Math CentralQuandaries & Queries


Question from Michael:


In answer to a student's question, someone named Penny from
your organization provided a proof that the sum of the interior
angles of a triangle in the plane is pi radians (or 180 degrees).

I am interested (and I'm sure many other people would be too) in
3 potential generalizations of this basic fact in plane geometry:

1) What is the corresponding result for an m-gon in the plane. I
believe the answer is that the sum of the interior angles in a 2D
m-gon (whether it is regular or not, or convex or not) is (m-2)*pi.

2) I feel intuitively that there an analogous result for m-polytopes
in 3 dimensions where the solid angles are measured in steradians,
but I cannot prove it Can you? [The proof that Penny provided for
the 2D case does not seem to generalize easily.]

3) Are there analogous results of m-polytopes in n dimensions? What
is the analogue of a steradian in n dimensions?

I feel intuitively that there are analogous results. It would be very
elegant if the results could be stated in terms of the coordinates
of the vertices of the polytope.

The reason why I'm asking these questions is that I am working on
some unsolved problems in geometry for which answers to them
would be helpful.


There are indeed generalizations which fit what you want.

  1. It is easier to work with the sum of the exterior angles, and then get the interior angles by a simple subtraction. For every (convex) polygon in the plane, the sum of the exterior angles is 360 degree (or 2\pi in radians).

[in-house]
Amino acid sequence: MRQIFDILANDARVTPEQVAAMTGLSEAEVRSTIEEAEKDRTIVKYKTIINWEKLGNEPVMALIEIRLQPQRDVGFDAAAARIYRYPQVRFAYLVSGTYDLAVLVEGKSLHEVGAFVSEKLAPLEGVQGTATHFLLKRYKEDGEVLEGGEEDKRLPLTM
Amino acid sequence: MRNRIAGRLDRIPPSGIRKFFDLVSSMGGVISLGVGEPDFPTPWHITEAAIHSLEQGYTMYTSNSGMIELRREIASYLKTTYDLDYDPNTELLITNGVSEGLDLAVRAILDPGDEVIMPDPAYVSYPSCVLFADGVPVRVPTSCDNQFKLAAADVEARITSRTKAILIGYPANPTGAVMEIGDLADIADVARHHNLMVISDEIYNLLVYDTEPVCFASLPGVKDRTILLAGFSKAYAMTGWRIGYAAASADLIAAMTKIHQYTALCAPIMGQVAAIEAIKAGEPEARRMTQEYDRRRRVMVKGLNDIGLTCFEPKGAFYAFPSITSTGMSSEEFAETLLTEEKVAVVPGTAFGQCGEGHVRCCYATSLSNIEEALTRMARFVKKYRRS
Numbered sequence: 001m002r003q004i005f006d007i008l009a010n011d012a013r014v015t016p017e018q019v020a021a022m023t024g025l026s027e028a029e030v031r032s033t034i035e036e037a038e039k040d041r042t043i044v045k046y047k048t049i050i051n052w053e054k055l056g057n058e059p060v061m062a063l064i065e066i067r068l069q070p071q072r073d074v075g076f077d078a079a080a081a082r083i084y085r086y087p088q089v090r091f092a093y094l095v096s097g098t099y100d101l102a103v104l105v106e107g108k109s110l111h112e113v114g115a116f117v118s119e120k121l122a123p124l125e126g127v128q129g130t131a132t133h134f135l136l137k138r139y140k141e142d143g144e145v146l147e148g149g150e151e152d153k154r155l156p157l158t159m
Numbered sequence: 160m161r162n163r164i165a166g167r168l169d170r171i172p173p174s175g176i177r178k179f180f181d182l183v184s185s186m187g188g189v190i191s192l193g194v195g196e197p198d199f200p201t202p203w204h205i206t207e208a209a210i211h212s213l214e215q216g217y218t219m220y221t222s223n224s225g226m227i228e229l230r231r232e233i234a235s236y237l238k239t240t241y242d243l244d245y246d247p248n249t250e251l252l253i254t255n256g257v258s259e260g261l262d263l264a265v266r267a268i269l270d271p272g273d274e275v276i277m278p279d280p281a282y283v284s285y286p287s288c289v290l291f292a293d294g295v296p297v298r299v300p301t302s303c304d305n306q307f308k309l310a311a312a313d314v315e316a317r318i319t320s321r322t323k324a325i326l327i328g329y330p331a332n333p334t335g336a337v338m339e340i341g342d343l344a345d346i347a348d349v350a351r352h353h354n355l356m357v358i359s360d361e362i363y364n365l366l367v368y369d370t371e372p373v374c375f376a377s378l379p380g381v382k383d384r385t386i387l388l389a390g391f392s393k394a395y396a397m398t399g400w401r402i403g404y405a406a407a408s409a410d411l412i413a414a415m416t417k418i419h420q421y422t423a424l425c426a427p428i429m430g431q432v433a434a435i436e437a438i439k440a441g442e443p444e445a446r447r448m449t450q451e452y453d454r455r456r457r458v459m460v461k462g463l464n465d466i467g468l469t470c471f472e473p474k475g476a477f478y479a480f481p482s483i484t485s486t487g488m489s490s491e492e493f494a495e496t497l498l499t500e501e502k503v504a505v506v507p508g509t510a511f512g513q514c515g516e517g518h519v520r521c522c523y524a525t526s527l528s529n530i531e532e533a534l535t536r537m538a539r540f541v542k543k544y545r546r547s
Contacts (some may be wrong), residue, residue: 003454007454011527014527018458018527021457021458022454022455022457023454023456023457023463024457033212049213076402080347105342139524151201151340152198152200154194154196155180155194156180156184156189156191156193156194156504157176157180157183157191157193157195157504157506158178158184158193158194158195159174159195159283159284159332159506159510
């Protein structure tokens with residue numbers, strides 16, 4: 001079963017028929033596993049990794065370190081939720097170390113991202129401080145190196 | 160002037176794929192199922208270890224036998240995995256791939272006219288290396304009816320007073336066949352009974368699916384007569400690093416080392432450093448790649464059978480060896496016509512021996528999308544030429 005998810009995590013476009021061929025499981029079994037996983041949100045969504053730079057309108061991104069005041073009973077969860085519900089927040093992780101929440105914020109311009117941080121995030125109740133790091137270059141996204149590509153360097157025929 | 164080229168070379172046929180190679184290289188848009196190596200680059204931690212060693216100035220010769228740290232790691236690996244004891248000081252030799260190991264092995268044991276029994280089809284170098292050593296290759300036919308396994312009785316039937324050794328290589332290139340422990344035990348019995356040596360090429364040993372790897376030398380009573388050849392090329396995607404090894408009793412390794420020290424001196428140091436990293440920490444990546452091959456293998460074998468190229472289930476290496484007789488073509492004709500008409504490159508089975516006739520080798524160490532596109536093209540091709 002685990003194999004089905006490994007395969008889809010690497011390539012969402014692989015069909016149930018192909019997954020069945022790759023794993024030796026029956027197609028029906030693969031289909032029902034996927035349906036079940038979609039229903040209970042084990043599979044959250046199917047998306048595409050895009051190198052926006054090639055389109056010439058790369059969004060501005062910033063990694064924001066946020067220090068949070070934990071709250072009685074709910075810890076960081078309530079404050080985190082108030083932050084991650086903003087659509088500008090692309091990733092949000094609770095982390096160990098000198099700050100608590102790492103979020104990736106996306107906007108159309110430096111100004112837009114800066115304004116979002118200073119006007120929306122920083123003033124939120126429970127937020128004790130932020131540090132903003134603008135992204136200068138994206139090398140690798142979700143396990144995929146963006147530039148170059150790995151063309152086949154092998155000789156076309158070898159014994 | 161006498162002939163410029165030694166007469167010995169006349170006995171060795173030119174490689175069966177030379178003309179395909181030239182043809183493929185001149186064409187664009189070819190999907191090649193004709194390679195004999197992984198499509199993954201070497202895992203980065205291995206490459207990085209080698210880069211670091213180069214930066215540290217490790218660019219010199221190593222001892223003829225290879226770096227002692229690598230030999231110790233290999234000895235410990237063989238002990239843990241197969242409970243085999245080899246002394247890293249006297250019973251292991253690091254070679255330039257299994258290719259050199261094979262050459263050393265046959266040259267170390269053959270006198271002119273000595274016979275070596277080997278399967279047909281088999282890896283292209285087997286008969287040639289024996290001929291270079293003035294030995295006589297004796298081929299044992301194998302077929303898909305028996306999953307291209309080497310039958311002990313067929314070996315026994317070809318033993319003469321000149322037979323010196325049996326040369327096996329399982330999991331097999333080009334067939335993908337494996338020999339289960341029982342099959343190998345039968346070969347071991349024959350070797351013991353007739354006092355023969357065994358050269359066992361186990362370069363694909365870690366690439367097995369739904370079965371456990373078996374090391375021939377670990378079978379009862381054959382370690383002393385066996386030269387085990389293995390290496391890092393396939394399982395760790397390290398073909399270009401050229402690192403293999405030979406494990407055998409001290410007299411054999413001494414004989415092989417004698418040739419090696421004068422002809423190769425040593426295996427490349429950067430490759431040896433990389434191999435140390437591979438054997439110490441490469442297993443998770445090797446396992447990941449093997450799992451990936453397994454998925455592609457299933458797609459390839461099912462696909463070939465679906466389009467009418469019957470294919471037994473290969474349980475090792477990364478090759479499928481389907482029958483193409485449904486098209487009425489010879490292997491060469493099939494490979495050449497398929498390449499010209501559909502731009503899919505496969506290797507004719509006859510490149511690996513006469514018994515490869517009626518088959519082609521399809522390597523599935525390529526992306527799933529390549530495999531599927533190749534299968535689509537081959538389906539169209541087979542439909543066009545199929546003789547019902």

I said convex, though the result generalizes to simple (not self-intersecting if there is care about signs and 'directions' for a walk around a polygon.

  2. The best know generalization in 3-space again uses exterior angles - the defect at a vertex between the sum of the angles in all the faces at the vertex, and the whole of a plane angle - 360 degrees. If you do that at every vertex, the sum of all the defect is 720 degrees (4\pi - the surface area of a unit sphere). Consider a standard cube. At each vertex, there is 90 degrees missing to make it flat. 8x(90) = 720 degrees.

This is a version of the Gauss Bonnet theorem in 3-space also called Descarte's Theorem - see

Since Gauss Bonnet works in all dimensions, there should be a discrete version in all dimensions.

Walter Whiteley
York University

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